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2019 TaylorMadeTP5 and TP5x golf balls feature High-Flex Material

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Announced today, TaylorMade is set to update its premium tour balls, the TaylorMade TP5 and TaylorMade TP5x, next month.

At the core behind both golf balls is TaylorMade’s new High-Flex Material (HFM). The new material, which TaylorMade has described as its “fastest material” ever, is a tightly wound spring, which is designed to create more rebound energy when compressed for added ball speed.

The tightly wound spring characteristic of HFM also aims to increase the force on the driver face, to further improve the speed of the golf ball as soon as it leaves the driver head.

2019 TP5 cutaway.

The HFM is integrated into TaylorMade’s new Speed-Layer System, which is comprised of four increasingly stiff layers, creating a Speed-Layer System that enables a soft core to be wrapped by increasingly rigid materials, allowing each outer layer to become progressively faster with the aim of controlling spin rates without affecting speed or distance.

Speaking on the new releases from TaylorMade, and its brand new HFM material, Director of Golf Ball R&D, Eric Loper, stated

“With the new TP5 and TP5x golf balls, we knew there was an opportunity to make them even faster. Our research into the driver and ball interaction at the moment of impact along with the development of a new material (HFM) has given us the ability to more efficiently convert compression into speed, at any swing speed. The new Speed-Layer System (SLS) controls spin rates that is critical for driver, iron and wedge performance.”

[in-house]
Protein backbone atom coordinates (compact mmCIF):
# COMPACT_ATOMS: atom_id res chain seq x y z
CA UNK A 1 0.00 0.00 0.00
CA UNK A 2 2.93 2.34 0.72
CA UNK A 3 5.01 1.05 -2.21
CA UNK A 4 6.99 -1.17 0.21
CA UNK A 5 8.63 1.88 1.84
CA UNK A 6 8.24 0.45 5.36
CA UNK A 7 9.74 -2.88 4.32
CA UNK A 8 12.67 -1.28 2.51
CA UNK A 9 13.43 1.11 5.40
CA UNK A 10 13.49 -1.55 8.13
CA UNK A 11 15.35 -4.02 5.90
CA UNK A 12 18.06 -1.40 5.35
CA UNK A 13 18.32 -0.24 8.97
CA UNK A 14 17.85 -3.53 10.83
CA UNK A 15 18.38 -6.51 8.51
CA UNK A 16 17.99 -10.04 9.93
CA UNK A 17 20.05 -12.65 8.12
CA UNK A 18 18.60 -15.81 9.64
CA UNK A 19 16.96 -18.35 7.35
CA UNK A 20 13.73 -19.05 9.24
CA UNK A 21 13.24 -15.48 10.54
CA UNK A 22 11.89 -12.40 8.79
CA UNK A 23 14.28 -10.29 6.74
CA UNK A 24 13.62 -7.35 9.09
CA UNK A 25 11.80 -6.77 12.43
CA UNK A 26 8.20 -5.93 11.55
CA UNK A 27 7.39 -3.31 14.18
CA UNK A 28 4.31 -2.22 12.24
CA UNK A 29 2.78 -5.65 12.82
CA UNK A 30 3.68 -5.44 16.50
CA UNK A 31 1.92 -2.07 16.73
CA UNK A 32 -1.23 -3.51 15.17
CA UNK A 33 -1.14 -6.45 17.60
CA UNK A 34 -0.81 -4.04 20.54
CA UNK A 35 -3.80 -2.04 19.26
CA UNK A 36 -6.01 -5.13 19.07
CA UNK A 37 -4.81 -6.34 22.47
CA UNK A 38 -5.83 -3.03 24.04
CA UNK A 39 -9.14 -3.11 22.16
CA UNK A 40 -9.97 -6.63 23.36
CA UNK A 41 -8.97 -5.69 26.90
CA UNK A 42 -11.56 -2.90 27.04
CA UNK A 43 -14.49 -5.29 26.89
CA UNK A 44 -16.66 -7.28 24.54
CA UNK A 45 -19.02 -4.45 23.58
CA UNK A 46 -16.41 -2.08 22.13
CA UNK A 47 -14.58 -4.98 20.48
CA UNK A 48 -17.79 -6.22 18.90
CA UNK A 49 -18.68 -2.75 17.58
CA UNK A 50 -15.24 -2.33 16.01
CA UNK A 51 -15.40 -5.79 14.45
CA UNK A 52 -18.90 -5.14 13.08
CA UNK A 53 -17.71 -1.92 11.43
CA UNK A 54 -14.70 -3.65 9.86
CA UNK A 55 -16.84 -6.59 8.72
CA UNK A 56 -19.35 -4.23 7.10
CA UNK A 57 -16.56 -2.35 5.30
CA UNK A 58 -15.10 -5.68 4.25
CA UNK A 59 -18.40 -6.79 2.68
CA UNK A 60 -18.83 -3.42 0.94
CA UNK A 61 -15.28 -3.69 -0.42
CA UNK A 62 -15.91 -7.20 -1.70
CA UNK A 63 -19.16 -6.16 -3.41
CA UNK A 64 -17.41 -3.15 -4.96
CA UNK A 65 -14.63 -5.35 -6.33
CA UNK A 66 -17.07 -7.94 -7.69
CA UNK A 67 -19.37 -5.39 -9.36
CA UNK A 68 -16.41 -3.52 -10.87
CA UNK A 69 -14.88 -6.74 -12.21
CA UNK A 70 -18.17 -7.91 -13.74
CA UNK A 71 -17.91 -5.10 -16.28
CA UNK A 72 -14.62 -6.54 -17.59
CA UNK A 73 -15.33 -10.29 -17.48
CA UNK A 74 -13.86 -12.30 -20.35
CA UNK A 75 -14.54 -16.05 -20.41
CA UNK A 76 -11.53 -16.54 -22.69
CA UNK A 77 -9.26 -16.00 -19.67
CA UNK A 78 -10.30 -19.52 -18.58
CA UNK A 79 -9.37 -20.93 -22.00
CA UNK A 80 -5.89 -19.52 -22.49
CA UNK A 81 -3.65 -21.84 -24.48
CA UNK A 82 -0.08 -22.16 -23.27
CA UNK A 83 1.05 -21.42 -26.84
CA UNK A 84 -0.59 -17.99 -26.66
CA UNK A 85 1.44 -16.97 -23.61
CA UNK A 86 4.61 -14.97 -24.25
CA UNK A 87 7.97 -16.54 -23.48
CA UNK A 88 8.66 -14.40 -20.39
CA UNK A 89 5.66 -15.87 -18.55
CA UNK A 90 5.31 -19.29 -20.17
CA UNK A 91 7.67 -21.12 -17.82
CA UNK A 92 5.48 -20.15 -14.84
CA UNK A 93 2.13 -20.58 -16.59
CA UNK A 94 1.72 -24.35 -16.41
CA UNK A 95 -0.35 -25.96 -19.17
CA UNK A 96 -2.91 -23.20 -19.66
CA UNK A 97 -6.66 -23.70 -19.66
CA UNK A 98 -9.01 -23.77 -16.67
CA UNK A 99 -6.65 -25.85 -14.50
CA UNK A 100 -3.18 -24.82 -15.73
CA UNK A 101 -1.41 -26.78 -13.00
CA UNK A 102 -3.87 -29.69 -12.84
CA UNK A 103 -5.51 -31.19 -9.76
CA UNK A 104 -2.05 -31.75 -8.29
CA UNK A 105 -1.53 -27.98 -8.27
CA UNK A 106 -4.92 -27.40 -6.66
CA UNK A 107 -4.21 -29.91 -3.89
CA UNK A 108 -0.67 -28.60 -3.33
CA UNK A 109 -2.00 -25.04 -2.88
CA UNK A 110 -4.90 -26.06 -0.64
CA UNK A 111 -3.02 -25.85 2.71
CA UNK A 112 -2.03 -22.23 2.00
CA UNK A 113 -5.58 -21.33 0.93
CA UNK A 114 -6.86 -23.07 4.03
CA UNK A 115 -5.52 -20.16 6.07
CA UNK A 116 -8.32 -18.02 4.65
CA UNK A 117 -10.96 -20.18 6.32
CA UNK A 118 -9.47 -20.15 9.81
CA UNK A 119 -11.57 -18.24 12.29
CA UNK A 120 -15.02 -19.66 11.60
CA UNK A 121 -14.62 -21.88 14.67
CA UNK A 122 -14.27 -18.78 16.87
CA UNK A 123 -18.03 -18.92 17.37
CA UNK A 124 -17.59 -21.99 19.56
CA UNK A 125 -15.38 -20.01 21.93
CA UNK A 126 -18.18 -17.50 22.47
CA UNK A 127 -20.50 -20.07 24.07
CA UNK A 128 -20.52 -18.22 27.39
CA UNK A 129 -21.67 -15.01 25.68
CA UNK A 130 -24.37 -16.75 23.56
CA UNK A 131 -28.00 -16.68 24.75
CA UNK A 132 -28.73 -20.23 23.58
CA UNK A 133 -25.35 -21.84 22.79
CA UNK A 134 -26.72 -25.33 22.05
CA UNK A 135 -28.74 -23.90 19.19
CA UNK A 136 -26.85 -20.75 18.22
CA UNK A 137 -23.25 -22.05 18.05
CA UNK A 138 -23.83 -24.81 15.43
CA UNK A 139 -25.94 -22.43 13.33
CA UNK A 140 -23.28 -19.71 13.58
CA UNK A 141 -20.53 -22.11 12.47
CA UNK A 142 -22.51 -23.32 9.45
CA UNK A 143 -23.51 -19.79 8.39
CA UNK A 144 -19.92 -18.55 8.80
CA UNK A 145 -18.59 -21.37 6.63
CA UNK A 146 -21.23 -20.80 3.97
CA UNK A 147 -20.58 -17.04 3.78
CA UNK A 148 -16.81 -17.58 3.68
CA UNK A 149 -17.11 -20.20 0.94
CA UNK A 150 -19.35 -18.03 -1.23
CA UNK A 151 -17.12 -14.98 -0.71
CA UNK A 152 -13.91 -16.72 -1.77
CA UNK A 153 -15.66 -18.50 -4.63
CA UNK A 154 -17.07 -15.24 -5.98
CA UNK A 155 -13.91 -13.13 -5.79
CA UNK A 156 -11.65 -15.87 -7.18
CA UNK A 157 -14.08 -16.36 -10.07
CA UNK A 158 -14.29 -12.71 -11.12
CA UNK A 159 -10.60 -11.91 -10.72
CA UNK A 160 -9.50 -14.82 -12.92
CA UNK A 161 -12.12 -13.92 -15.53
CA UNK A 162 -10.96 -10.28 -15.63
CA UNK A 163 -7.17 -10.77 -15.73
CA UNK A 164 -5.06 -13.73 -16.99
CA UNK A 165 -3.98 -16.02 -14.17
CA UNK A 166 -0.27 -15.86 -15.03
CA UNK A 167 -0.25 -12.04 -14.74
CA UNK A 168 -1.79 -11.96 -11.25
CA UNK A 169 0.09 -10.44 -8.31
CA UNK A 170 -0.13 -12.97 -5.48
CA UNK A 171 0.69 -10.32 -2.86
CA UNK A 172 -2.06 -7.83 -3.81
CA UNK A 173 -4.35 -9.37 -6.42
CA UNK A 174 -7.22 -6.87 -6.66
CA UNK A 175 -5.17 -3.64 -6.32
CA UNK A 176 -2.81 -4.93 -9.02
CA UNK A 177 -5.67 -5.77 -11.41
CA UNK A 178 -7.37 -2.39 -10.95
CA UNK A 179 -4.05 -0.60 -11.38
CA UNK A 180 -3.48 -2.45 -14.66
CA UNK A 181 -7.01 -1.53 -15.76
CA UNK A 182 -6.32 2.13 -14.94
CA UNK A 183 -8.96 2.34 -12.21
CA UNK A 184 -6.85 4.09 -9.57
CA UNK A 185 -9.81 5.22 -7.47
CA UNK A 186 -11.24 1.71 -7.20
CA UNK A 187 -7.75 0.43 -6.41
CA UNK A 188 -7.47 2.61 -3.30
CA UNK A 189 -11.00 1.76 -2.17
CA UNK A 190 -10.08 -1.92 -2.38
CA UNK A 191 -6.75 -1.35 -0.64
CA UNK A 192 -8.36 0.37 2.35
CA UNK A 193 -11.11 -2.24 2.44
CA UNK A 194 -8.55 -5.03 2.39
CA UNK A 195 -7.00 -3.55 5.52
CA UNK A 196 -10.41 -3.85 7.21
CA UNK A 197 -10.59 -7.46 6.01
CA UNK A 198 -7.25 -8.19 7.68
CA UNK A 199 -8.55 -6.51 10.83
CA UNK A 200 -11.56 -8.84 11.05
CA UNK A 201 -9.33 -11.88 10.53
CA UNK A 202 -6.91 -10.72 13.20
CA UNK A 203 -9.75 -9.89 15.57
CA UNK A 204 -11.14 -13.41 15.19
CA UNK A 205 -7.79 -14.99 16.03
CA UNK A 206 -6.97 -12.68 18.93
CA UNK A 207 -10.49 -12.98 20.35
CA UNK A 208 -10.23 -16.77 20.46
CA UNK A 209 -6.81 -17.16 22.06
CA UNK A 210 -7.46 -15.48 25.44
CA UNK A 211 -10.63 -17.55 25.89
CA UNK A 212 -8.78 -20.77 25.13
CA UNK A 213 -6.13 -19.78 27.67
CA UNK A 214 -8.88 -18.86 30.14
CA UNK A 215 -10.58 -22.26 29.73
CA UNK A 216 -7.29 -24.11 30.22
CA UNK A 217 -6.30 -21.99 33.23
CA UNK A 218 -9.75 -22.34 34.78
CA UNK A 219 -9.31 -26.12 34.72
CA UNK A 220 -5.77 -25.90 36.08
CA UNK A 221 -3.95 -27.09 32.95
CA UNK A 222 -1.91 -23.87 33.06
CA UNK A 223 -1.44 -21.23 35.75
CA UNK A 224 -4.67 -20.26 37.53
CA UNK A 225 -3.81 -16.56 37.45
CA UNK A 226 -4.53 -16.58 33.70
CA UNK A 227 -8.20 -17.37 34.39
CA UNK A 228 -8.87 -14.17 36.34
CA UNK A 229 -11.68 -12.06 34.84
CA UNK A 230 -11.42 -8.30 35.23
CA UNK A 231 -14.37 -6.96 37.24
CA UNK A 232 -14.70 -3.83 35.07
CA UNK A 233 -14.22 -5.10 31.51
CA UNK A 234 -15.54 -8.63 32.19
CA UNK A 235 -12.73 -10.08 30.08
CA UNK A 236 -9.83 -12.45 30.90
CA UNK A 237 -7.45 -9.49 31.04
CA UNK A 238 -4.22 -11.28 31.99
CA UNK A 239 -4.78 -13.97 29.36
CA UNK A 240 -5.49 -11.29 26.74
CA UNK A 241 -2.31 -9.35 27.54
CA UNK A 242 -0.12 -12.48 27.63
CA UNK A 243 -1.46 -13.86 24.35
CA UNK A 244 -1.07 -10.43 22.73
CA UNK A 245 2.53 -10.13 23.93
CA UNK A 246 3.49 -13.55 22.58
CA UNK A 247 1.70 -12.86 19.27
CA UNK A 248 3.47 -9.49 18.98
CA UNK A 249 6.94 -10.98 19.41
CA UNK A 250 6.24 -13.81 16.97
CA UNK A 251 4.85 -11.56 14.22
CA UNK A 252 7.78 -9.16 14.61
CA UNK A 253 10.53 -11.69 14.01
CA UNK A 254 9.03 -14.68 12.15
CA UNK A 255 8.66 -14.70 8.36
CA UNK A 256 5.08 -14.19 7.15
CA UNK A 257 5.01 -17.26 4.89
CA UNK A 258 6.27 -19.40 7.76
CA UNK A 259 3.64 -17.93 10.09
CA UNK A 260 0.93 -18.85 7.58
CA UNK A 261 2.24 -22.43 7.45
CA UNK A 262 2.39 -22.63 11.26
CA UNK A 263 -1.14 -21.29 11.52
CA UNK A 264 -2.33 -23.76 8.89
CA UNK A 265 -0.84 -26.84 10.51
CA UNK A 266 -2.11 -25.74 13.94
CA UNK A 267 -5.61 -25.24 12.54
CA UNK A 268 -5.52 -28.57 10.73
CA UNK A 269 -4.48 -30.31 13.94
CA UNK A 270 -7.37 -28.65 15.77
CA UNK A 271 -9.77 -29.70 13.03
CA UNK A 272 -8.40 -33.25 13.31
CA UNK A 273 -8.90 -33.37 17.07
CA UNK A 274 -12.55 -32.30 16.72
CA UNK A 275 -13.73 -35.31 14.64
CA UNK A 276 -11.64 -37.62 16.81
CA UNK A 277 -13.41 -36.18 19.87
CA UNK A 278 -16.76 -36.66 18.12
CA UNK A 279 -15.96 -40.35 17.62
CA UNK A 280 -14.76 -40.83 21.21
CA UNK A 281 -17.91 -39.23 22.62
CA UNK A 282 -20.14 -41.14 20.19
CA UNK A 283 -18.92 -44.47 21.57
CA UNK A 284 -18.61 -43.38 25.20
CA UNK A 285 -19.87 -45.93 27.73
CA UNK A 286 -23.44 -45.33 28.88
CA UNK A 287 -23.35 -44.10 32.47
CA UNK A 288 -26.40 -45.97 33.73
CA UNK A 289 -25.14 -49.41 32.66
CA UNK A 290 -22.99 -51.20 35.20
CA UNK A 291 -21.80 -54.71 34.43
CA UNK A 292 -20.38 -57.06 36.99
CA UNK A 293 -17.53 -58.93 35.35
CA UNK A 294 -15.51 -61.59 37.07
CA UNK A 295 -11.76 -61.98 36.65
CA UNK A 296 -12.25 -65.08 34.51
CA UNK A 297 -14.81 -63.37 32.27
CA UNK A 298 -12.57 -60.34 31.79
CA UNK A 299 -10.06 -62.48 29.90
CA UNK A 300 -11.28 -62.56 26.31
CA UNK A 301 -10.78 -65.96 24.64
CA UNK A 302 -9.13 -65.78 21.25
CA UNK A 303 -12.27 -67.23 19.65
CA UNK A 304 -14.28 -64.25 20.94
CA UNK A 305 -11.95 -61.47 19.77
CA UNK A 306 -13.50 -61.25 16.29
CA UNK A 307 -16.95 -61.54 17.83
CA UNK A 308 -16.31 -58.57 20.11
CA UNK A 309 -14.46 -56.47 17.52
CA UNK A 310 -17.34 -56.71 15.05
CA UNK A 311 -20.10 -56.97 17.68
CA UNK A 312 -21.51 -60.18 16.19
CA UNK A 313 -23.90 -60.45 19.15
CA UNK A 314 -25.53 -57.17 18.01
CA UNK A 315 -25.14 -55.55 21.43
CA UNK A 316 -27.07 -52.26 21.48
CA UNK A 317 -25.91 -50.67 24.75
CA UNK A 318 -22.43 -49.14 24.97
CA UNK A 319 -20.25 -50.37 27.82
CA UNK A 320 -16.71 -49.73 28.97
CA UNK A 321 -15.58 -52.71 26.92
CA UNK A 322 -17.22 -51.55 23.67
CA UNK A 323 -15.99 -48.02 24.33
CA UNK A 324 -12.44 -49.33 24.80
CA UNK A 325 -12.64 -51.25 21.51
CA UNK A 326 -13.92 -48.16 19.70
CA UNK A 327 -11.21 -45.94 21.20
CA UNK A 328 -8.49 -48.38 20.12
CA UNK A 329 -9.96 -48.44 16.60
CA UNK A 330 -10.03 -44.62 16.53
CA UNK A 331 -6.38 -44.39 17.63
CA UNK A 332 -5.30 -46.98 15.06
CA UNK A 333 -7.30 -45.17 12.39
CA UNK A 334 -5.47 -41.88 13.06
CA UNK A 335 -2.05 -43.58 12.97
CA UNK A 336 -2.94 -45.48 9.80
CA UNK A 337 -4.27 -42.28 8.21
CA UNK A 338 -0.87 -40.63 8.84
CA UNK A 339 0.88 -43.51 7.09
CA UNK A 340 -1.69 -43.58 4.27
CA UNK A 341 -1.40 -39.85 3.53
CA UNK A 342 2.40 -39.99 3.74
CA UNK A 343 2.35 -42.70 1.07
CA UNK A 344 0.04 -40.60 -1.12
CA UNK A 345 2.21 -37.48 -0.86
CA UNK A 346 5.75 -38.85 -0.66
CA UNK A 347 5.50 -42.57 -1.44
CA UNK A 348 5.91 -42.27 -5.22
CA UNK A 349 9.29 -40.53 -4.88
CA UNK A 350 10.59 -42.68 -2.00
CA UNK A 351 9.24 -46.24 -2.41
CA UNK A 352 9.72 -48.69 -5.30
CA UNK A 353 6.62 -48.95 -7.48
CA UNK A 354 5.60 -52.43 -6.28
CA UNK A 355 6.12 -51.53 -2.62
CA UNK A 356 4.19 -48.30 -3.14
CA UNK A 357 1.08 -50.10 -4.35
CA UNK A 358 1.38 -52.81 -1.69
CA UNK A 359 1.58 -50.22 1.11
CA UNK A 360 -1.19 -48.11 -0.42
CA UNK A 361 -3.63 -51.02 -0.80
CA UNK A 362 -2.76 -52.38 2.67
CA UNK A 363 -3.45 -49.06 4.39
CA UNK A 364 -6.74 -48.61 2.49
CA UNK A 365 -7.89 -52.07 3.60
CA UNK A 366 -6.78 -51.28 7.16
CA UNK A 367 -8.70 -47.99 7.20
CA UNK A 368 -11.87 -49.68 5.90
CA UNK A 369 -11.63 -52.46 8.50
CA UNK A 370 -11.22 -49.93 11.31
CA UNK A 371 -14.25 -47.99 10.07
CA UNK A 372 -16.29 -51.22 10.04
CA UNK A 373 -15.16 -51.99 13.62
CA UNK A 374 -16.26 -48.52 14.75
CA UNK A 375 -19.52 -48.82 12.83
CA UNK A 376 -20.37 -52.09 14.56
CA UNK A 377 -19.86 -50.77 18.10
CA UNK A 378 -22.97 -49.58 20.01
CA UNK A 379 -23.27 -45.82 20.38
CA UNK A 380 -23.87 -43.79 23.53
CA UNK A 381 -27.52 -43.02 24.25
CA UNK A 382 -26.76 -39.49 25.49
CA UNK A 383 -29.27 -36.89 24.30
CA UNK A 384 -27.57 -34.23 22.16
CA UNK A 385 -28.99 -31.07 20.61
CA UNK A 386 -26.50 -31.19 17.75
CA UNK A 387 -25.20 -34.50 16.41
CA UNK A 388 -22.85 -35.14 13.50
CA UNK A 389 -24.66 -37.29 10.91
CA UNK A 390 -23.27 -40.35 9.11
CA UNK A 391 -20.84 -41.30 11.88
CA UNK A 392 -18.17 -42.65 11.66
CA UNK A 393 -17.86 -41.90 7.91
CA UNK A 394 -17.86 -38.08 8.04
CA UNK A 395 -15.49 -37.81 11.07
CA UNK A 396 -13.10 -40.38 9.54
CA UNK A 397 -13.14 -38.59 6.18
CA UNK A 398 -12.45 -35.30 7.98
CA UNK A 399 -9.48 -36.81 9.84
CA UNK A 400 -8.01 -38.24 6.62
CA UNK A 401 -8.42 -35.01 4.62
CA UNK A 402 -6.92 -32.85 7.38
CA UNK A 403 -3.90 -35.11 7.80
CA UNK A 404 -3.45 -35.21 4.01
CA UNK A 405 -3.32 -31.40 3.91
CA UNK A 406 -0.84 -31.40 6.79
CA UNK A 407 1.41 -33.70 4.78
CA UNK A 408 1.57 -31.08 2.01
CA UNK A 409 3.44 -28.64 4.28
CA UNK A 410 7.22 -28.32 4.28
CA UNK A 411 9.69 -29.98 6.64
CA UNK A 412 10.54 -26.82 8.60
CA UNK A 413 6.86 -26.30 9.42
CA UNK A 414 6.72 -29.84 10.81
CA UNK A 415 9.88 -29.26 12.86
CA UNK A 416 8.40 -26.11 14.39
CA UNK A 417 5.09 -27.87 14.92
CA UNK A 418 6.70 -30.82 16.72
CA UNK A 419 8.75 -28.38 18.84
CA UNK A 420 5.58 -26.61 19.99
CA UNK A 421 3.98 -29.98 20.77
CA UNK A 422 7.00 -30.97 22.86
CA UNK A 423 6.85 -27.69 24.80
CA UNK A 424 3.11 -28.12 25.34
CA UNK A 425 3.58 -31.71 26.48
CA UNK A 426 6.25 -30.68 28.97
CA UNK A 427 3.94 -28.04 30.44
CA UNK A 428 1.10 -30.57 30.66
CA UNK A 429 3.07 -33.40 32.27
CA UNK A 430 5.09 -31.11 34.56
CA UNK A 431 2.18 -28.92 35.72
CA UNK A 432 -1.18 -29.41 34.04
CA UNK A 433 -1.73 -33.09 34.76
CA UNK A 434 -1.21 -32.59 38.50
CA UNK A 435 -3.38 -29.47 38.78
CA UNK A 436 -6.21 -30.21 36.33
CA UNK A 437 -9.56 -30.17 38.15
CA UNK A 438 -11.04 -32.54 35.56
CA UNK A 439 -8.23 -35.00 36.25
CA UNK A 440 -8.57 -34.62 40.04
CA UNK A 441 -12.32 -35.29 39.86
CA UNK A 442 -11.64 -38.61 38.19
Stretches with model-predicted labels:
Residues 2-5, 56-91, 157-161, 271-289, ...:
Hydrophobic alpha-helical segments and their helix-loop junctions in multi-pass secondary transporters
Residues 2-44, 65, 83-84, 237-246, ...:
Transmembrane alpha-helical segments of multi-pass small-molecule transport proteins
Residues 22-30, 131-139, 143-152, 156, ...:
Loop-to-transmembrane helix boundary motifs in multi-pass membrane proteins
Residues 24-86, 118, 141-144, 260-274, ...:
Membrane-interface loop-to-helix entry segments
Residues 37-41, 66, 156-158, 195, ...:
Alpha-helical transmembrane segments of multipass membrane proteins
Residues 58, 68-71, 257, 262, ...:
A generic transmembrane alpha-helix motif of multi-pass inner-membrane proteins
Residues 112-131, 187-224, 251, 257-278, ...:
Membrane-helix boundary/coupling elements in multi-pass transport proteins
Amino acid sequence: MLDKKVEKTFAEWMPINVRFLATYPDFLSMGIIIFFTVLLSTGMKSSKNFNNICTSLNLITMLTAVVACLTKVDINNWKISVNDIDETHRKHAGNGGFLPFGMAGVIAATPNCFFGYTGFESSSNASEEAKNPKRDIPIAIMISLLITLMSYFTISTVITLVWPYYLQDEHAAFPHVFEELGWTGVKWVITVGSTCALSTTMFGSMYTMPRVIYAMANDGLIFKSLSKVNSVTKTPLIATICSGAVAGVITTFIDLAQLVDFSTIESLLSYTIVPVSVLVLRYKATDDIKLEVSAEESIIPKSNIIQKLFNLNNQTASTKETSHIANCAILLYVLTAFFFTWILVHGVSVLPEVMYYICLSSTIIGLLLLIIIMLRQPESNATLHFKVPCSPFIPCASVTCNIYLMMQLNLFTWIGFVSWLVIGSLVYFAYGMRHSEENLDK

The new balls from TaylorMade both feature a Tri-Fast Core consisting of an extra-large, low-compression inner core (16 compression in TP5 & 25 compression in TP5x) and a progressively stiffer outer core and mantle. The combination of these cores is designed to create lower drag and increased carry for all level of swing speeds.

2019 TP5x cutaway.

As well as this, the 2019 TP5 and TP5x golf balls contain a Dual-Spin-Cover which holds an ultra-soft cast urethane cover and a 30% more rigid inner cover, which aims to provide excellent control on greenside shots through the rigid inner cover forcing the soft urethane cover into wedge grooves. The new Soft-Tough cast urethane cover has also been introduced to provide greater overall durability.

According to TaylorMade, the TP5 ball has a softer feel, launches lower on iron shots and is targeted at golfers who desire more spin around the green, while the TP5x contains a firmer feel and is designed for players wishing to generate higher launching iron shots.

The 2019 TP5 and TP5x will both be available at retail on February 15, 2019. The cost of both golf balls is $44.99 per dozen.